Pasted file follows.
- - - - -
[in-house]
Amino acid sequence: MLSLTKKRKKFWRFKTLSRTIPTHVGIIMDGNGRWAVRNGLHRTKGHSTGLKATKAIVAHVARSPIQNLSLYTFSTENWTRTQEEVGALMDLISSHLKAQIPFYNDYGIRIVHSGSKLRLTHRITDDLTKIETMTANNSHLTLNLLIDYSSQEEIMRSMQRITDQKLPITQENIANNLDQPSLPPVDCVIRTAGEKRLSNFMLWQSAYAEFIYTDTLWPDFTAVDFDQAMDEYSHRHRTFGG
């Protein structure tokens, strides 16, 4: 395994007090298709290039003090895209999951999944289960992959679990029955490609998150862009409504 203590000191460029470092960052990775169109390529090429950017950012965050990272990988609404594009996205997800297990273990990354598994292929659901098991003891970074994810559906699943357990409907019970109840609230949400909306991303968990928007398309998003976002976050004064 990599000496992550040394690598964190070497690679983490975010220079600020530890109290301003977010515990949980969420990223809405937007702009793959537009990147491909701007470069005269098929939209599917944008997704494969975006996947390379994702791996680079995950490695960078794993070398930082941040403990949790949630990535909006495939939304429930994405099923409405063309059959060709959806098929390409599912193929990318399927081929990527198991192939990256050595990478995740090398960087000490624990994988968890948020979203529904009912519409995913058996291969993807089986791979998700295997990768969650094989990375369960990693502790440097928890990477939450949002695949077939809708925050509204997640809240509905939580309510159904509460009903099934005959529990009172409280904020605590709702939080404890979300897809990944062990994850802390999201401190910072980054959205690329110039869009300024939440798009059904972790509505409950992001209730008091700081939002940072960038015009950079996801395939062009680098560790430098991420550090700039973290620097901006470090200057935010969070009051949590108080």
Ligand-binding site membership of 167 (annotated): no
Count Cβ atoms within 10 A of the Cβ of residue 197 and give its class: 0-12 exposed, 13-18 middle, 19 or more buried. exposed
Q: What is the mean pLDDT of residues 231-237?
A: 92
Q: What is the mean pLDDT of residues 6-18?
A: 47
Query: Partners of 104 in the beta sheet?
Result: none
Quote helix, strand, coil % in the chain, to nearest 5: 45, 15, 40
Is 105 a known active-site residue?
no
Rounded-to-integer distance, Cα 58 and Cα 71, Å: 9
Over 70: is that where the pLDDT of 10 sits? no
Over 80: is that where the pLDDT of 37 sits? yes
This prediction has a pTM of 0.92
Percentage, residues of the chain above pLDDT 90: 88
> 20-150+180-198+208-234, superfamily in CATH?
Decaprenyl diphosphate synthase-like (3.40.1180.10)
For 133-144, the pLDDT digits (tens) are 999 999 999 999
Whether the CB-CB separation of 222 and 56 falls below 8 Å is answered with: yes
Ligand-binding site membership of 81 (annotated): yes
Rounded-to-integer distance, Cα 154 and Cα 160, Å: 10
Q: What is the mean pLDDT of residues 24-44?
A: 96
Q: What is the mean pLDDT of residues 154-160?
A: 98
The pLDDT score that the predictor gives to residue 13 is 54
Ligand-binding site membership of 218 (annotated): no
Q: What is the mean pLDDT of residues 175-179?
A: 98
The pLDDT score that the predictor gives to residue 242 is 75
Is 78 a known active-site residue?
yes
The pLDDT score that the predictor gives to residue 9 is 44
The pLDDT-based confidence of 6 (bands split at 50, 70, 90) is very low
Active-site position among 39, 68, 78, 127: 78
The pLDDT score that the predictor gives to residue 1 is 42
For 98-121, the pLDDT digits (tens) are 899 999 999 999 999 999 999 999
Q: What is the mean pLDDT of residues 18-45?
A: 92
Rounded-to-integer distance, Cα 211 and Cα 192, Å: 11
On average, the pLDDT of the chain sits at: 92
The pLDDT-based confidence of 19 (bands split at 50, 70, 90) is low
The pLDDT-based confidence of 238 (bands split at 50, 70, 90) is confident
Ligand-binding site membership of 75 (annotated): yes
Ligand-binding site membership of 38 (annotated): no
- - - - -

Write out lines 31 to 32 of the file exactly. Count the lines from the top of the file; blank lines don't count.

Ligand-binding site membership of 218 (annotated): no
Q: What is the mean pLDDT of residues 175-179?